DENVER, Colo. (KNSV & MyNews) -- Nevada's newest industry may be its most controversial.
Thirteen years after the Legislature legalized medical marijuana, the state and local governments are just starting to allow people to grow and sell it.
Medical marijuana sales and farming are coming to Nevada. A look at what’s happening in Colorado hints at what can be expected here.
Nevada politicians, voters, businesses and patients are asking more questions as Clark County begins accepting applications for medical marijuana licenses. Colorado has already addressed most of those questions.
Few political leaders in Denver shy away from this growing industry, but not all issues were anticipated.
“We found ourselves frankly a little behind the eight-ball trying to regulate an industry that already exists,” says Chris Nevitt, a Denver City Council member.
“It all happened in a rush,” Nevitt says. “It was made legal in 2000-2001 and then nothing really happened.”
But in the mid-2000s, medical marijuana dispensaries began to open. Local leaders adopted zoning regulations and security mandates.
In the rush to catch up with dispensaries, political leaders noticed something - businesses were regulating themselves. They didn’t need to demand things like security; shops wanted it. Good business models succeeded and bad models failed.
If you run a business that deals with thousands of dollars in cash, and several pounds of marijuana daily, you tend to want to keep that all secure.
Dispensaries keep marijuana candy in plain packaging so kids don't get the wrong idea. They keep buds in child-proof bags. And they track their patients per state mandate.
“All the tie-dyed goofballs and potheads who were like ‘dude we can make some money at this, its legal now.’” Nevitt says. “They’re gone, they’re gone. The ones that are left have short hair, ties and business degrees.”
A similar change is apparent in the neighborhoods around medical marijuana shops and cultivation facilities.
Matthew Huron of Denver’s Good Chemistry spent a quarter of a million dollars on infrastructure and security here to protect the investment and keep customers safe. And the neighborhood evolved.
In the shadow of the state capitol, an area once home to drug deals and break-ins is upgrading itself.
“A lot of these dispensaries were put into ‘high crime’ areas because folks in high-end areas didn’t want to see them,” Huron says. “However, what’s happened is we've actually helped clean up the neighborhood.”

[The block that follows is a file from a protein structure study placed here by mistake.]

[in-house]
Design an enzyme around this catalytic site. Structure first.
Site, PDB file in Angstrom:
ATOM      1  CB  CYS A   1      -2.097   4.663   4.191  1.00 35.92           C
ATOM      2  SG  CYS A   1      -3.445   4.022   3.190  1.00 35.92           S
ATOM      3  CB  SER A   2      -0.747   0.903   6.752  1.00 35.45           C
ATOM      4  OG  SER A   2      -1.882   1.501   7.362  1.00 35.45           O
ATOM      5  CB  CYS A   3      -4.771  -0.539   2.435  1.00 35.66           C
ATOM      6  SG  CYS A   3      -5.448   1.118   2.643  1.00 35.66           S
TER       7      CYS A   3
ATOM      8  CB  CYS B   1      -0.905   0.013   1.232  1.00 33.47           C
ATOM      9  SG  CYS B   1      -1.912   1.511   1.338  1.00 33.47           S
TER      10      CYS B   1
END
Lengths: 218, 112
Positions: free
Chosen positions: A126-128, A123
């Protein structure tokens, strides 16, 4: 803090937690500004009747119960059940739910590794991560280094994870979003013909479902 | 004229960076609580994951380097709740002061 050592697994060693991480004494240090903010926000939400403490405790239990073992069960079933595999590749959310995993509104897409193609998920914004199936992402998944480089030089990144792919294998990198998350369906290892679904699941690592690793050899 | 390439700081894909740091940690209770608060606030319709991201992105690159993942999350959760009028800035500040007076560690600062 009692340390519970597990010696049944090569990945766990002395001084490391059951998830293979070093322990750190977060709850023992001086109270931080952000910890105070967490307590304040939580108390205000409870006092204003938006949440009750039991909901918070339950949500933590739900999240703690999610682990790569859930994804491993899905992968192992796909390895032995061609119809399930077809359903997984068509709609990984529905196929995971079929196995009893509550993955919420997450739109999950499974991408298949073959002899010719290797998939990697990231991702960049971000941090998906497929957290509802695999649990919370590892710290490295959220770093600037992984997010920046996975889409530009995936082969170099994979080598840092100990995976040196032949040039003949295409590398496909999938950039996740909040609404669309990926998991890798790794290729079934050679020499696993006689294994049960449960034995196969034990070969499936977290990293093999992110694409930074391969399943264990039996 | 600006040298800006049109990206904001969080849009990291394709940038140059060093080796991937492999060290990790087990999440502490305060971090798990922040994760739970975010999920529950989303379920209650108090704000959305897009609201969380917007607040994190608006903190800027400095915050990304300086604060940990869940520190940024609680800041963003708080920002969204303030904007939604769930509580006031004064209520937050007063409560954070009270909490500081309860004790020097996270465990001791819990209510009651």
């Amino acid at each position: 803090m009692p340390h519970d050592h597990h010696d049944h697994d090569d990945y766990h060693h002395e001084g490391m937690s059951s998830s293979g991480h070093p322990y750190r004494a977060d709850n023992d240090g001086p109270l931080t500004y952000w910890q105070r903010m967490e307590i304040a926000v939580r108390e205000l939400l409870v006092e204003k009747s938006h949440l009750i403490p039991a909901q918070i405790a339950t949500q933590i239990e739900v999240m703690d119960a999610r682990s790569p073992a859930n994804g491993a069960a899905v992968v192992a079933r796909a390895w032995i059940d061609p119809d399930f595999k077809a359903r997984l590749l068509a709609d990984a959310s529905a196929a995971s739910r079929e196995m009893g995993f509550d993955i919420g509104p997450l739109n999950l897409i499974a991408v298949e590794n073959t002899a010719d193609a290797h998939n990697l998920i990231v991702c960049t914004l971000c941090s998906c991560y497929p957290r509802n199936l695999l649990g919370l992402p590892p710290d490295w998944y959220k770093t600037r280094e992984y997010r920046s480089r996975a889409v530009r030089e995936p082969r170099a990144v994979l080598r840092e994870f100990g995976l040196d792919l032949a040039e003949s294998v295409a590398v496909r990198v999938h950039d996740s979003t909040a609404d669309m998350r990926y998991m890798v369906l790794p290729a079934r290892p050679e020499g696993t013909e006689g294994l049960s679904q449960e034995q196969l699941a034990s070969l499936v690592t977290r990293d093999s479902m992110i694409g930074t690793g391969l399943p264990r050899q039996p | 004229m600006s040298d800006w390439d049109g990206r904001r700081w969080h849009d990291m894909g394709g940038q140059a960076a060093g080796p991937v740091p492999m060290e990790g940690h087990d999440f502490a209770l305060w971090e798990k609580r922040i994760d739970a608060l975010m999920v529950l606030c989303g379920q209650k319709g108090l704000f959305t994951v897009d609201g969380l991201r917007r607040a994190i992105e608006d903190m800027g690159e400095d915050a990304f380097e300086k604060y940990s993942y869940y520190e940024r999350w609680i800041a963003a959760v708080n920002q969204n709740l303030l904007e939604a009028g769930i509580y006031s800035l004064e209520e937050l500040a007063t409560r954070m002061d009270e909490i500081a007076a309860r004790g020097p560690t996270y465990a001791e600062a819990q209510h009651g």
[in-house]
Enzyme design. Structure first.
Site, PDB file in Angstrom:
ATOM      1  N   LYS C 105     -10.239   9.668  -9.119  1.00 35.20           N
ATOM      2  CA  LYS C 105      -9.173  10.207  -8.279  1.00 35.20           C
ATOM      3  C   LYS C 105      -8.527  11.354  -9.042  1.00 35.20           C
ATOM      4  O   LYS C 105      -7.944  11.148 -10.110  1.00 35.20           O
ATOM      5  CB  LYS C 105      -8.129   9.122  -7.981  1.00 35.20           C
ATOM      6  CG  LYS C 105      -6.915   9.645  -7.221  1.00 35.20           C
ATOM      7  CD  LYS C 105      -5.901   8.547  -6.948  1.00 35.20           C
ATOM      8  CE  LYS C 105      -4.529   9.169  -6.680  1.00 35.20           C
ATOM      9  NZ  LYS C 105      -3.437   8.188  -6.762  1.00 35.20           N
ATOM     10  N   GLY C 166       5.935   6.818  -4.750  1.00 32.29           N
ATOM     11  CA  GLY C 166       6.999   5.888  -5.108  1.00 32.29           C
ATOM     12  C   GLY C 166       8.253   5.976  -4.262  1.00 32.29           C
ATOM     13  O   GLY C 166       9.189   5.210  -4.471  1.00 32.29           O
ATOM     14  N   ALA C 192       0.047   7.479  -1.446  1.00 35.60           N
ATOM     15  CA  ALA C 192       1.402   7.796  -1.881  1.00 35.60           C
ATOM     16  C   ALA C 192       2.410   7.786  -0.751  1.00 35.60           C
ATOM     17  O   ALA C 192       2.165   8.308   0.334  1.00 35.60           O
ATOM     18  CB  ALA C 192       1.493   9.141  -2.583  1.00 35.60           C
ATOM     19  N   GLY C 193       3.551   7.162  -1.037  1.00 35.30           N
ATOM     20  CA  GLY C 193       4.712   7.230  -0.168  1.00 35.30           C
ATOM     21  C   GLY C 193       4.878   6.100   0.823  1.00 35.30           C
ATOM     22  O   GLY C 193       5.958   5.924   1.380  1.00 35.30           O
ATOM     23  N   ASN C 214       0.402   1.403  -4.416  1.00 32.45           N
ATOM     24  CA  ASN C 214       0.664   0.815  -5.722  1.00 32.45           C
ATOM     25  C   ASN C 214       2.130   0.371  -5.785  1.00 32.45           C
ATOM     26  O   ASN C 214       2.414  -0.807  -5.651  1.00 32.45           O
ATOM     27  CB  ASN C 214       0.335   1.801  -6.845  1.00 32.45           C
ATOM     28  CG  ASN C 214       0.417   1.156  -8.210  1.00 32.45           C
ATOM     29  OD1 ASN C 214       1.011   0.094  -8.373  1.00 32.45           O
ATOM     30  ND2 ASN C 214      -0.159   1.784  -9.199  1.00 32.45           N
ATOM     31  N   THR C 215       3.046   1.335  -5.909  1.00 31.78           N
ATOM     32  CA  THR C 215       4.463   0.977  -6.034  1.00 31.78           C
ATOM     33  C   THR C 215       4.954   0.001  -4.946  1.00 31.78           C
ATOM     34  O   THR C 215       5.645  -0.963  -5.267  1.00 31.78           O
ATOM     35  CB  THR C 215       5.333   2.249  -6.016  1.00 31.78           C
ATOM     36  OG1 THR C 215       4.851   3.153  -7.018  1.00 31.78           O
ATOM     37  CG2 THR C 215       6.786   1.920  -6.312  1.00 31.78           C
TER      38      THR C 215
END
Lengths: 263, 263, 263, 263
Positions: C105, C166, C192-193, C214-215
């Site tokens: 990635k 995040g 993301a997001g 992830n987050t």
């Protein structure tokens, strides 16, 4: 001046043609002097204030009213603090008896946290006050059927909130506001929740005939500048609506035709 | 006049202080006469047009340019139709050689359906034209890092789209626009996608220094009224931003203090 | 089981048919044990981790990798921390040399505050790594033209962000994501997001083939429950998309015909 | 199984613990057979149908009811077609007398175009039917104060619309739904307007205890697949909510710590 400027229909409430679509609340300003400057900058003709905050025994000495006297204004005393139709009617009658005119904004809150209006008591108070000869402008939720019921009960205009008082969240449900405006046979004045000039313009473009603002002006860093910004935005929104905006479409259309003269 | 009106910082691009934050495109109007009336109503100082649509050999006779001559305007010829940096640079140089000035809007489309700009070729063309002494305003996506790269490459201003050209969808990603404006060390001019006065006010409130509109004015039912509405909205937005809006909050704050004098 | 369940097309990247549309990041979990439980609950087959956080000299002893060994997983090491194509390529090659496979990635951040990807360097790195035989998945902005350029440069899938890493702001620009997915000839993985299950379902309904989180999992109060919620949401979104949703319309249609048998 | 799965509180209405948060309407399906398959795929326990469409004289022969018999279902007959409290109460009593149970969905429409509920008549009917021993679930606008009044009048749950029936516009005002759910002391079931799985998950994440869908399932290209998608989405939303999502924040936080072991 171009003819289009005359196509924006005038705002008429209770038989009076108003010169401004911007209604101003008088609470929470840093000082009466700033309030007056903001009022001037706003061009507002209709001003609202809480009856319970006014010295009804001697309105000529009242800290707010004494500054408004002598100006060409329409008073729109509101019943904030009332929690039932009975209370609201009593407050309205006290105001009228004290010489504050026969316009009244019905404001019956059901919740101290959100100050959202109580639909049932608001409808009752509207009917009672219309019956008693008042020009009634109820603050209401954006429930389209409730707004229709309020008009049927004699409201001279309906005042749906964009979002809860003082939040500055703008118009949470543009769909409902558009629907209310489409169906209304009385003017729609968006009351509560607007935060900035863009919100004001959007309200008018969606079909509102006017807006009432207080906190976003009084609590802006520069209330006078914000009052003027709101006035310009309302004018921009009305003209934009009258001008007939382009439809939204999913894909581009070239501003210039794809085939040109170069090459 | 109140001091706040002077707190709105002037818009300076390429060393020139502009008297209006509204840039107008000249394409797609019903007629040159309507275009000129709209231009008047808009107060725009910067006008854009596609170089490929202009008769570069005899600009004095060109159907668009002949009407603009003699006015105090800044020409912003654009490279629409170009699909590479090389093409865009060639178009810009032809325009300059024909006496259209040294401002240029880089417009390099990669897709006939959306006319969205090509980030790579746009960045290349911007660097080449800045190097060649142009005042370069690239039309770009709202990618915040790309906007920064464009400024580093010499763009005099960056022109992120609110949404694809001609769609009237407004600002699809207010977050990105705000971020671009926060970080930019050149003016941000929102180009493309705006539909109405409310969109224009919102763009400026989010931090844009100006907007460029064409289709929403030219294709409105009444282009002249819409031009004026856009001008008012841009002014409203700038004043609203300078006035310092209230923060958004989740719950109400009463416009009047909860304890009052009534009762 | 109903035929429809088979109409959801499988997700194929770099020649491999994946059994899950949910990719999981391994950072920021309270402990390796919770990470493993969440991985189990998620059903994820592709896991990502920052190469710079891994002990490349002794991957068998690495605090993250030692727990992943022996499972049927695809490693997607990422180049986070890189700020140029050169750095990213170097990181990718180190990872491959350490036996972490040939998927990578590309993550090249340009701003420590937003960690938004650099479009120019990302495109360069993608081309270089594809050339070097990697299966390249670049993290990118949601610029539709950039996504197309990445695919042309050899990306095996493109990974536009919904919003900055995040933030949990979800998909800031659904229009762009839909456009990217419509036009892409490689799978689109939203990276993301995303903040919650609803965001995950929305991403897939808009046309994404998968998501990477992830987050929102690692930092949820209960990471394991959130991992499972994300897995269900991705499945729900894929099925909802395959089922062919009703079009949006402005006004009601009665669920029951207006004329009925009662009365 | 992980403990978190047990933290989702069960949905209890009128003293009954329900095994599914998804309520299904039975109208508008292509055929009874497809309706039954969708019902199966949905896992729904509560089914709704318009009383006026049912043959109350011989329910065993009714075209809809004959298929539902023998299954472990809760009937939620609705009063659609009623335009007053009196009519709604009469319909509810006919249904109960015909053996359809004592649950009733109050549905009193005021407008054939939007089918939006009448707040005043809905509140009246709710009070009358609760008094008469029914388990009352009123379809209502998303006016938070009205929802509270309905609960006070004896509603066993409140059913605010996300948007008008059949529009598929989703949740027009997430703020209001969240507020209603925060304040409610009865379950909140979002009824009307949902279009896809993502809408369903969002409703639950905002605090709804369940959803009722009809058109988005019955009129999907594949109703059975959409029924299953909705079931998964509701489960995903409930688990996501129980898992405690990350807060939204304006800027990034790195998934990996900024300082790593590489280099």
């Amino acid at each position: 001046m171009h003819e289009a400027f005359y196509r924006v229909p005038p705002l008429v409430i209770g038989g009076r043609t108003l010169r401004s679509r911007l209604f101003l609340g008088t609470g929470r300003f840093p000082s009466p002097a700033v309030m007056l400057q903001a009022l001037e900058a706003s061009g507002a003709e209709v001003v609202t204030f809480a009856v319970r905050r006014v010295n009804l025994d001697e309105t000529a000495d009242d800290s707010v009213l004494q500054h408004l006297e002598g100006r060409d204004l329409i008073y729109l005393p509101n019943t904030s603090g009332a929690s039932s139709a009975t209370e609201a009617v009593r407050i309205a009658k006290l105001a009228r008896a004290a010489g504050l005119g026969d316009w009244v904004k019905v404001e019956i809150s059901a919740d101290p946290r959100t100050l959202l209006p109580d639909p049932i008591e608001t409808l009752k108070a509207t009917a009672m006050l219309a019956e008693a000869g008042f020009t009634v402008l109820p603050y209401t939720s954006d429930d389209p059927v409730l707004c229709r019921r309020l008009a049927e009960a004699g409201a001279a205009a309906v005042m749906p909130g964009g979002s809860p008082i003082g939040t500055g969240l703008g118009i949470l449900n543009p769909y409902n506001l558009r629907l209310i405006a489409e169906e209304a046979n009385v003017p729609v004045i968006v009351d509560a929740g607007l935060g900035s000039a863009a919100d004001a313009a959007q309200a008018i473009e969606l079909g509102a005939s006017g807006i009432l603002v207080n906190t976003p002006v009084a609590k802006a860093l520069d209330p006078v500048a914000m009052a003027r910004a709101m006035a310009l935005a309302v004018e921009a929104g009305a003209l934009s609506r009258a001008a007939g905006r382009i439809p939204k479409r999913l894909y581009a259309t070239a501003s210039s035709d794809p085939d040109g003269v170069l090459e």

He says he likes strict local regulation because it keeps businesses smart and keeps federal officials away.
But Clark County may not see the same evolution of run-down areas. County leaders have decided not to allow medical marijuana dispensaries in high-crime areas.
Huron says since nice neighborhoods in Denver did not want the shops, the only option was to brave crime-ridden areas and try to turn them around.
Councilman Nevitt says that’s exactly what happened.
“If you want to bring crime down on a particular block, put a medical marijuana dispensary in there,” he says.
Looking at Nevada, Nevitt and Huron see a land grab coming. With only 40 dispensary licenses available in Clark County, the property where a dispensary is licensed may become more valuable than the business itself.
“By creating a limited number of opportunities, you’re basically creating a property right for who owns that regardless of how good that idea is,” Nevitt says.
As Huron and his business apply for a permit in Nevada, he faces a new challenge.
The state and local government appear to be working independently of each other, with Clark County licensing a business and then forwarding the application to the state.
“I’ve seen a bit of a conflict emerging between Clark County and the state. Is that concerning? Yes, yeah,” Huron says.
In Colorado and Massachusetts, all license applications go directly to the state. The counties in those states only handle zoning restrictions.